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How Geoffrey Bawa’s legacy lives on at THE LAST HOUSE

How Geoffrey Bawa’s legacy lives on: Sri Lanka’s celebrity architect left his country with beautiful buildings like Lunuganga and Anantara Kalutara Resort – and now you can stay in them

Sri Lanka’s most famous architect Geoffrey Bawa trained in the UK before returning home in the 1950s, where his optimistic designs chimed with the hopes of a newly independent country

Since his death in 2003, his most monumental works have been repurposed for tourism – including his home Lunuganga, beach villa Claughton House and his final project, The Last House

“Architecture cannot be totally explained but must be experienced. It should play to all the senses – the smell of vegetation after rain, the sound of birds and the wind in trees,” said the Sri Lankan architect Geoffrey Bawa.

Returning to his native Sri Lanka in the 1950s after training in the UK, he went on to become the master of “tropical modernism”, his designs helping to spearhead an optimism in what the future held for the then newly independent country. Today, his work can be experienced by staying in luxury hotels and villas across the island – each a lesson in preservation, yet not stuck in the past. Instead, like their creator always did, they look to the future.

Bawa’s own beautifully preserved home, Lunuganga, where he lived up to his death in 2003, is the greatest example of his work. Set inland from the southern beach resort of Bentota, this 1930s plantation bungalow, hidden in the jungle on the banks of Dedduwa Lake, offers atmospheric accommodation and spectacular views. The Italianate garden is a masterpiece, from the butterfly-shaped ponds to emerald rice paddies to gardens dotted with Ming jars. Renowned batik designer Ena de Silva’s house is also on the estate. The three-bedroom property, with its vibrant interiors, was moved here brick by brick from its original site in Colombo.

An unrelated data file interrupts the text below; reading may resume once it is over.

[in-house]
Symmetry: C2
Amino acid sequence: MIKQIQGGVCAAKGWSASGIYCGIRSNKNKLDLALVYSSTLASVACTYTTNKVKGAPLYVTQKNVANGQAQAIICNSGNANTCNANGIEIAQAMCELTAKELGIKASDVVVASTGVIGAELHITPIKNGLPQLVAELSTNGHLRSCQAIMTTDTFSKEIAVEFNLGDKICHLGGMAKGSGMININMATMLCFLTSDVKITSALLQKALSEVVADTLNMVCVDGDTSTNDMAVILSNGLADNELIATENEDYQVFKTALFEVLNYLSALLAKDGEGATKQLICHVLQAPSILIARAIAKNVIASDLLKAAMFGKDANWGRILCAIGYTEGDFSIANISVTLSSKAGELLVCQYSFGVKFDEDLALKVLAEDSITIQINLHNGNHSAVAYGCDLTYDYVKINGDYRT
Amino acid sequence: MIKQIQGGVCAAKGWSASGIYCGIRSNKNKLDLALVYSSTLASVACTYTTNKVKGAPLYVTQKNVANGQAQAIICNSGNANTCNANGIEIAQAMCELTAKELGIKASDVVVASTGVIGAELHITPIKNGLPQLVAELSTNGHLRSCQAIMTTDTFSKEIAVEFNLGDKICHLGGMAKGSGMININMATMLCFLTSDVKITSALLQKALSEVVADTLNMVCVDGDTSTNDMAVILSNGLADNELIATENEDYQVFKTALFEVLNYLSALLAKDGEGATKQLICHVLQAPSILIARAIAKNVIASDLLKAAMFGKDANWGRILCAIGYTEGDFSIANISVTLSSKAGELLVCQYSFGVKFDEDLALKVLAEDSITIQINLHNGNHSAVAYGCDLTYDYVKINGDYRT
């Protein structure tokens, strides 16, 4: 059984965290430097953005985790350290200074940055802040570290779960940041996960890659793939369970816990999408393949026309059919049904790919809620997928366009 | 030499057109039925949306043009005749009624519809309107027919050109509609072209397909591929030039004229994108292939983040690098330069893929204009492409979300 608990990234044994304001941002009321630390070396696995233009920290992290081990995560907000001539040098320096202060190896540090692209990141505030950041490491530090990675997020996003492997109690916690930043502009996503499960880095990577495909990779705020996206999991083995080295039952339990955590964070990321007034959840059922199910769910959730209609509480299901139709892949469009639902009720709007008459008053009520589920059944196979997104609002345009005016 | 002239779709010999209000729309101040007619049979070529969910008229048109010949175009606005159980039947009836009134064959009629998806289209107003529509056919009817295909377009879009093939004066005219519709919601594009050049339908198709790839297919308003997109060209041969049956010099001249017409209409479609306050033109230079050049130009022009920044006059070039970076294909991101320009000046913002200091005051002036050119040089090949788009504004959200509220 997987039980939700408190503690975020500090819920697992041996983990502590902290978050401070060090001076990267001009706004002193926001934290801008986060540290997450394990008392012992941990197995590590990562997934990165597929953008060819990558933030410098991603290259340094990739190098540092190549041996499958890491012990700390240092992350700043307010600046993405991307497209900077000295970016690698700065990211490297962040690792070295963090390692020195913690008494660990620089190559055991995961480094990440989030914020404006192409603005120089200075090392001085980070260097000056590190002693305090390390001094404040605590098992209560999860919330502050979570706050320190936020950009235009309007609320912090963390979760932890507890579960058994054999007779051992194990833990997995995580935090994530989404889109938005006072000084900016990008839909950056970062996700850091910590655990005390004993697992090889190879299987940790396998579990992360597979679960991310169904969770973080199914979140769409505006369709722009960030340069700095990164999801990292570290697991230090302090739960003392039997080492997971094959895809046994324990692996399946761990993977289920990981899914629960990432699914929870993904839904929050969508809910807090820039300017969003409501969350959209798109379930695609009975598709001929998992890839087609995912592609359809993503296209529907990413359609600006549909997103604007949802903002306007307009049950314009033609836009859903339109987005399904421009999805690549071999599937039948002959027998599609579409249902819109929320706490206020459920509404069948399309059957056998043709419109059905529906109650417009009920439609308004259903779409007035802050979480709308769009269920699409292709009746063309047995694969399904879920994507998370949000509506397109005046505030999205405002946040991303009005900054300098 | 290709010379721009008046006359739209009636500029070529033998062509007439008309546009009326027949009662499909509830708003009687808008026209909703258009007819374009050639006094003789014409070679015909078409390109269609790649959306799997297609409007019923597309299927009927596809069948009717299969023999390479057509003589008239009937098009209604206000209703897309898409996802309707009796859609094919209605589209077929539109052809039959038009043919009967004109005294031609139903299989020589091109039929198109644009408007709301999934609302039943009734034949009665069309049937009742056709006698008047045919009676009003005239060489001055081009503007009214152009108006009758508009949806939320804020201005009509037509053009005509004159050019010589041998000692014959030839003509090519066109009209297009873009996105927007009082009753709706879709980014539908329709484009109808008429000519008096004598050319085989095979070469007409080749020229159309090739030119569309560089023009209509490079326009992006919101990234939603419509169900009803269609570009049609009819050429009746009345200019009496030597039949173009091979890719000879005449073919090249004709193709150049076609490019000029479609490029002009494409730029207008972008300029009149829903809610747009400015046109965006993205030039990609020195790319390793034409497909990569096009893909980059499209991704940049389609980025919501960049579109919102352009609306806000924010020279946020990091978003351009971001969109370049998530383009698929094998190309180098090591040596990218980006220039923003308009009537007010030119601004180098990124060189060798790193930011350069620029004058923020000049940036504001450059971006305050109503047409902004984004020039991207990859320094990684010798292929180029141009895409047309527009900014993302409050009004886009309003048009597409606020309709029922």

In April 2021, Teardrop Hotels came on board to manage Lunuganga and Ena de Silva’s house in partnership with the Geoffrey Bawa Trust. Lunuganga’s rooms, five of which are housed in tiny pavilions, are still filled with eccentric objects from Bawa’s travels.

“The bedrooms, living areas and overall design of the property is what preserves Bawa’s work,” says Henry Fitch, CEO of Teardrop Hotels. “Many of the current staff worked at Lunuganga while Mr Bawa lived there, so they are fully aware of how the property should be maintained and, indeed, where guests can follow in his footsteps.” This includes Bawa’s own bedroom, which opened on November 1, with its glistening plunge pool. A larger swimming pool, on the lawn in the exact location Bawa planned himself, will be finished in December.

Asked what Bawa would think of his home being turned into a hotel, Shayari de Silva, curator of art and archival collections at the Geoffrey Bawa Trust, replies, “The decision to make the rooms at Lunuganga available to guests has allowed the spaces and collections to survive. It is vital to underscore the enormous resources needed for this work, and I’m very grateful we still have them in ways that present and future generations can experience and study.”